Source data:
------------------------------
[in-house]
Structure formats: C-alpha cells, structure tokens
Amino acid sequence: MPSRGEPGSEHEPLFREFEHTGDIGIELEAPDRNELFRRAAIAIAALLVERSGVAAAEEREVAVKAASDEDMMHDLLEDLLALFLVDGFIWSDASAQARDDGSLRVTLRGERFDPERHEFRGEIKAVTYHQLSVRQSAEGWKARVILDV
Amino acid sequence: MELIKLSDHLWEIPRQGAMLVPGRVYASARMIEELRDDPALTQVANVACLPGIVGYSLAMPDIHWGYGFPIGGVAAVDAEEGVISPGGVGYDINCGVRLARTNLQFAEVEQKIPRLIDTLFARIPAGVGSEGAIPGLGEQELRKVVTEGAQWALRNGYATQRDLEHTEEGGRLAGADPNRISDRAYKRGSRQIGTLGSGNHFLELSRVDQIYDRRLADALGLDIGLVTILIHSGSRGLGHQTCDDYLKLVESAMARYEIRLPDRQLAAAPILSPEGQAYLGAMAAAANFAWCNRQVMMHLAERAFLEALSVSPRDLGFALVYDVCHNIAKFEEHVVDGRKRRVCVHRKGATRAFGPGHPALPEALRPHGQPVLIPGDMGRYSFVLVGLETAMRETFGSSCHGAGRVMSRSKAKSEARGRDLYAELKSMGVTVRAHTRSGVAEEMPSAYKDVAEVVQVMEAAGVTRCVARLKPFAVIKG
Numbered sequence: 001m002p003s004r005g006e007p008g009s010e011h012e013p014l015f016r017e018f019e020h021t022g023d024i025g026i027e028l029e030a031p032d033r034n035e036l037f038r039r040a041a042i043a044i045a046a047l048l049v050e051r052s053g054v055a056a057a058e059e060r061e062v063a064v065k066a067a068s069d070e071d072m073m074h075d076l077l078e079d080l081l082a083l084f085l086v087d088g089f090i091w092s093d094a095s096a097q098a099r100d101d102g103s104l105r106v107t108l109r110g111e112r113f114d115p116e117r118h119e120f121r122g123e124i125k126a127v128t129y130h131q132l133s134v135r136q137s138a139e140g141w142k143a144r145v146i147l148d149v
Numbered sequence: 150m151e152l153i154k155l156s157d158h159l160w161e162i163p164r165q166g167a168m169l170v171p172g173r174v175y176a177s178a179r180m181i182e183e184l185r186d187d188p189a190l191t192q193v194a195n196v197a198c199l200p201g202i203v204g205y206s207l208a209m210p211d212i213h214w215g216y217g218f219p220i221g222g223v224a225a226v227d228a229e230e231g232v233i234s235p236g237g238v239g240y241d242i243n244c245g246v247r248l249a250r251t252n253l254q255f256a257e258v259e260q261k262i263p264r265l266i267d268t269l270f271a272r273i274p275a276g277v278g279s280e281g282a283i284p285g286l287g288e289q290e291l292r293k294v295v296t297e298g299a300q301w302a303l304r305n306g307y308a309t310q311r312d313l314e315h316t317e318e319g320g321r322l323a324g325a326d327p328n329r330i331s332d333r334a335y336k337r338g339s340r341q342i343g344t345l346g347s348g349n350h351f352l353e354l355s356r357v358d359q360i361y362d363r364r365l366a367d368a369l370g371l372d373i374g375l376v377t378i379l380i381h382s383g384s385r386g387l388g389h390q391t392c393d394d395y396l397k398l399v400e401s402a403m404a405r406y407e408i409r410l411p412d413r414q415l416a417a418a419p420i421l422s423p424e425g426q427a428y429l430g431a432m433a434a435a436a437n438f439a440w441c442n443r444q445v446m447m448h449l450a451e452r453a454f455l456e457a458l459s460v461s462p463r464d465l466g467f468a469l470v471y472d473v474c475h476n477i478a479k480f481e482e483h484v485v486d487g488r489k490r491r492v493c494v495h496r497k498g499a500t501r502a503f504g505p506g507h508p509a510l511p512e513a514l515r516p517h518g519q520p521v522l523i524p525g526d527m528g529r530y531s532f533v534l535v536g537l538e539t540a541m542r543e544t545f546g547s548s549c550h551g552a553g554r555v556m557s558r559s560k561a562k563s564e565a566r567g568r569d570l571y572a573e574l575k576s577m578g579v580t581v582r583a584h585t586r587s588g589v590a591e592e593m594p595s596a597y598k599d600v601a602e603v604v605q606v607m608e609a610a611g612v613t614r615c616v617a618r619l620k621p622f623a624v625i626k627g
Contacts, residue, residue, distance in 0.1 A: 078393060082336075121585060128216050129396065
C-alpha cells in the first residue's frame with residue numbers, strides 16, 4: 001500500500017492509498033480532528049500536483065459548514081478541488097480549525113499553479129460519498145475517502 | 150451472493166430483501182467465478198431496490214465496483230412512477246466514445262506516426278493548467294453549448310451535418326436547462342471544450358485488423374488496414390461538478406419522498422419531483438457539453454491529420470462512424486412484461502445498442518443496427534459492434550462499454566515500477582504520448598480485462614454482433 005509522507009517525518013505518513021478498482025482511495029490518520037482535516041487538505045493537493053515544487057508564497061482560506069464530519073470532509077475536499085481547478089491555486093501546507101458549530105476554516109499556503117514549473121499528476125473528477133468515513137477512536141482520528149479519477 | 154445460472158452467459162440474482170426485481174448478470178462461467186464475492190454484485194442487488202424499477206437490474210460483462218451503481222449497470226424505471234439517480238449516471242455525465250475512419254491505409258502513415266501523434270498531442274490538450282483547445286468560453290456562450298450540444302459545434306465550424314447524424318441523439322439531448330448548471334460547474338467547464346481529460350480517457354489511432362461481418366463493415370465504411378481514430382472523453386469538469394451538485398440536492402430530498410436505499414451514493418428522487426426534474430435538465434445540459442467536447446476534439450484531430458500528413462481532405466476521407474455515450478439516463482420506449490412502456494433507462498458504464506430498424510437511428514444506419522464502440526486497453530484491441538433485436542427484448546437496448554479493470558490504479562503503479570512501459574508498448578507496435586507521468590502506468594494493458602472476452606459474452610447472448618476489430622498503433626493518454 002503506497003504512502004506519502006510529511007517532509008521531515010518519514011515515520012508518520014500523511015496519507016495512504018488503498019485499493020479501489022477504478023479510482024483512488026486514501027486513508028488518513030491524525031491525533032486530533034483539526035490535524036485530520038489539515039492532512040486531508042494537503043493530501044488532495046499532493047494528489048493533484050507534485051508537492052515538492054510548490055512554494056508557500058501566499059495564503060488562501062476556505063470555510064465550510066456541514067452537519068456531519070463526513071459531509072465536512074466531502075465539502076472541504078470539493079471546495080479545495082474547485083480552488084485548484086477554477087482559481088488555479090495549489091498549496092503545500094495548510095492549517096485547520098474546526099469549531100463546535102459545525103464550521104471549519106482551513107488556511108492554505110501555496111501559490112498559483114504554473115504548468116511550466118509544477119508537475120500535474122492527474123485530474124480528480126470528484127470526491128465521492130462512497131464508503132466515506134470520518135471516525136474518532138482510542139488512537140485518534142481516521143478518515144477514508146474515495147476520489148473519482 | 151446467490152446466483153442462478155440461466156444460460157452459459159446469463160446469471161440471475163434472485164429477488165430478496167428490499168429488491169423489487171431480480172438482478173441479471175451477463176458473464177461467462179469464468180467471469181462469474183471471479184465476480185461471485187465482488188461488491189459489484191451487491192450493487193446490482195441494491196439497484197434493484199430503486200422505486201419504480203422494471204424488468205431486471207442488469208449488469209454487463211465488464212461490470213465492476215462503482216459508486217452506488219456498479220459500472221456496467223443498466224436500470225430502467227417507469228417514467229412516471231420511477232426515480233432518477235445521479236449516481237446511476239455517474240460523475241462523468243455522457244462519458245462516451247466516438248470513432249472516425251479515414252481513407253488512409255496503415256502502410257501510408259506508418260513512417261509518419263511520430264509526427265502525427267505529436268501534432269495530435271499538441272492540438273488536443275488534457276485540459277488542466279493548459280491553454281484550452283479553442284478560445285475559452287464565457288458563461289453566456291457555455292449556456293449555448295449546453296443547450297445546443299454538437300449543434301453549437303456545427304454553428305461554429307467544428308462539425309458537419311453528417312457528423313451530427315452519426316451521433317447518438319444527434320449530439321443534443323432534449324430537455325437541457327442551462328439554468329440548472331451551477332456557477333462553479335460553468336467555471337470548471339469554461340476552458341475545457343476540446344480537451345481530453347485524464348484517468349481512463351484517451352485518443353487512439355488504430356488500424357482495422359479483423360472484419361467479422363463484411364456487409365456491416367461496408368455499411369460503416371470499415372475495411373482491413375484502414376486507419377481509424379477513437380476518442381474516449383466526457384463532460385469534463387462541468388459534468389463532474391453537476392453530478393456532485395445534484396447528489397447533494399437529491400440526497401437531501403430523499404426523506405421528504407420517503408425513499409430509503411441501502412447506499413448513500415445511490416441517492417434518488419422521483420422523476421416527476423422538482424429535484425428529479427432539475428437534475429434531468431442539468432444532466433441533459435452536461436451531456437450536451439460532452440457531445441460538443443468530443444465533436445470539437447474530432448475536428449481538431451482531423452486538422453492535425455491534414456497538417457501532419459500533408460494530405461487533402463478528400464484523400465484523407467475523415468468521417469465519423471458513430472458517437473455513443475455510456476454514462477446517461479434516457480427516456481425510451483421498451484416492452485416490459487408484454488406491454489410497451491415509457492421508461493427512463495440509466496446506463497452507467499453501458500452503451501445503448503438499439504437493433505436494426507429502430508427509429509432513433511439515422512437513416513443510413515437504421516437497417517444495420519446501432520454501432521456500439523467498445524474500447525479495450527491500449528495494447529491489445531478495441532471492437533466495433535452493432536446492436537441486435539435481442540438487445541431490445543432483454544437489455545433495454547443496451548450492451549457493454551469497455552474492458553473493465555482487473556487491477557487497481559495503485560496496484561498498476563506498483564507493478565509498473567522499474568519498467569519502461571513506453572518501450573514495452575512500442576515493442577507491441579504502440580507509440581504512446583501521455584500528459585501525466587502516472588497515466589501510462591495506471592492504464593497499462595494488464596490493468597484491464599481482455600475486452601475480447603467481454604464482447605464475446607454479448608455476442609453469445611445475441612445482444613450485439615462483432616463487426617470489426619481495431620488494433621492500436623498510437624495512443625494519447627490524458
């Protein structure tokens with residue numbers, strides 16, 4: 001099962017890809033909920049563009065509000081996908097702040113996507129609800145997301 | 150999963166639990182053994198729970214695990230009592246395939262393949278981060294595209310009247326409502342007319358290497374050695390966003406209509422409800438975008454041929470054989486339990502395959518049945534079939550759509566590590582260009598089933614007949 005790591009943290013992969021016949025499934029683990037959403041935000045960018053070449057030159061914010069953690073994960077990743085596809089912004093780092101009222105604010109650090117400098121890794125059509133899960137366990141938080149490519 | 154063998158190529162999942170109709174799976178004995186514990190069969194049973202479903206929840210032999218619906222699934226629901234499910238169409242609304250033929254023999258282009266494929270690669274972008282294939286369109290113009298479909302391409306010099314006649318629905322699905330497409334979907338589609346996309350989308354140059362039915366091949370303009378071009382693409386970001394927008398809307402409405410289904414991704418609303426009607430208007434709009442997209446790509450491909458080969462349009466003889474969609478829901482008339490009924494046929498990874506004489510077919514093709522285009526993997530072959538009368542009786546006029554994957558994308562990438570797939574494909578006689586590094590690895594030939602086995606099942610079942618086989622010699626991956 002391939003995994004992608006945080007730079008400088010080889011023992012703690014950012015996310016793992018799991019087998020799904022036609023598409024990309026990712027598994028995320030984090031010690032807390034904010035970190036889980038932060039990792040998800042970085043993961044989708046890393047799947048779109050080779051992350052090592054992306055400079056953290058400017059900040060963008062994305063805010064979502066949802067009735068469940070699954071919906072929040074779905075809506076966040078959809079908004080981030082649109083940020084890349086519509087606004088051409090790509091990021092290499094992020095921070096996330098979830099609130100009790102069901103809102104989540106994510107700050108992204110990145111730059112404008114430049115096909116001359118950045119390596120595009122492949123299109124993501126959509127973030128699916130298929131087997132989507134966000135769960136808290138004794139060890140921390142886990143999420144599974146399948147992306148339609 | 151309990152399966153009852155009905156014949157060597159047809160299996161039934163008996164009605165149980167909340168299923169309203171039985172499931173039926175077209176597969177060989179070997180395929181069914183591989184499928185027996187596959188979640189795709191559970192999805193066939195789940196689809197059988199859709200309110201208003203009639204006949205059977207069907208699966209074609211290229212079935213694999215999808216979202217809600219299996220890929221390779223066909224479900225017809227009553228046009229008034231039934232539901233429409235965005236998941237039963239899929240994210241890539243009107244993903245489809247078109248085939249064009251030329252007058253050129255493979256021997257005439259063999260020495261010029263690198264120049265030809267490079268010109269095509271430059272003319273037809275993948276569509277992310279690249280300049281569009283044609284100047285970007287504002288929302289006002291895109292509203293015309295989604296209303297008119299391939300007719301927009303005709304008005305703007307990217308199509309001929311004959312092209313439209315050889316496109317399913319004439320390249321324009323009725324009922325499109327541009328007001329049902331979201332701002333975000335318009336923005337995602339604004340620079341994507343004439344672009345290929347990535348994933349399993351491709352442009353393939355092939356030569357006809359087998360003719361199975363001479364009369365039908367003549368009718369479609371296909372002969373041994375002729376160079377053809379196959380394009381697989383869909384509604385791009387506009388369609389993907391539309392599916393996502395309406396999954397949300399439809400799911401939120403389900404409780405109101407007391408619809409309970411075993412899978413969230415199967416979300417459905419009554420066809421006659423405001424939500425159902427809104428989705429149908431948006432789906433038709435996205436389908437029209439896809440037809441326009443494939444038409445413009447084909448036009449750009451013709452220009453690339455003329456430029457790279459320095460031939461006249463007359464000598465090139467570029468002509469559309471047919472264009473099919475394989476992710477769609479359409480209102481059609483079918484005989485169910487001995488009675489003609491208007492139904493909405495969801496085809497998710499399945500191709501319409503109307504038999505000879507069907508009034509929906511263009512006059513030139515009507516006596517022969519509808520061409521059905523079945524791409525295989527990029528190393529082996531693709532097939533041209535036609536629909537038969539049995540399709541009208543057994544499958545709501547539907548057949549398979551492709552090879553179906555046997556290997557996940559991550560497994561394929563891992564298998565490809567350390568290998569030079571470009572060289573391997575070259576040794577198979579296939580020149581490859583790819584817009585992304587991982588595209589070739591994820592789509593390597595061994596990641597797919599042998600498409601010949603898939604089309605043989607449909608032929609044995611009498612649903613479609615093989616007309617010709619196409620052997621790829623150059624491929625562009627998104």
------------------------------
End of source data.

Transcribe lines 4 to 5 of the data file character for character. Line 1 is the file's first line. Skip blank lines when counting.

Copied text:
Amino acid sequence: MELIKLSDHLWEIPRQGAMLVPGRVYASARMIEELRDDPALTQVANVACLPGIVGYSLAMPDIHWGYGFPIGGVAAVDAEEGVISPGGVGYDINCGVRLARTNLQFAEVEQKIPRLIDTLFARIPAGVGSEGAIPGLGEQELRKVVTEGAQWALRNGYATQRDLEHTEEGGRLAGADPNRISDRAYKRGSRQIGTLGSGNHFLELSRVDQIYDRRLADALGLDIGLVTILIHSGSRGLGHQTCDDYLKLVESAMARYEIRLPDRQLAAAPILSPEGQAYLGAMAAAANFAWCNRQVMMHLAERAFLEALSVSPRDLGFALVYDVCHNIAKFEEHVVDGRKRRVCVHRKGATRAFGPGHPALPEALRPHGQPVLIPGDMGRYSFVLVGLETAMRETFGSSCHGAGRVMSRSKAKSEARGRDLYAELKSMGVTVRAHTRSGVAEEMPSAYKDVAEVVQVMEAAGVTRCVARLKPFAVIKG
Numbered sequence: 001m002p003s004r005g006e007p008g009s010e011h012e013p014l015f016r017e018f019e020h021t022g023d024i025g026i027e028l029e030a031p032d033r034n035e036l037f038r039r040a041a042i043a044i045a046a047l048l049v050e051r052s053g054v055a056a057a058e059e060r061e062v063a064v065k066a067a068s069d070e071d072m073m074h075d076l077l078e079d080l081l082a083l084f085l086v087d088g089f090i091w092s093d094a095s096a097q098a099r100d101d102g103s104l105r106v107t108l109r110g111e112r113f114d115p116e117r118h119e120f121r122g123e124i125k126a127v128t129y130h131q132l133s134v135r136q137s138a139e140g141w142k143a144r145v146i147l148d149v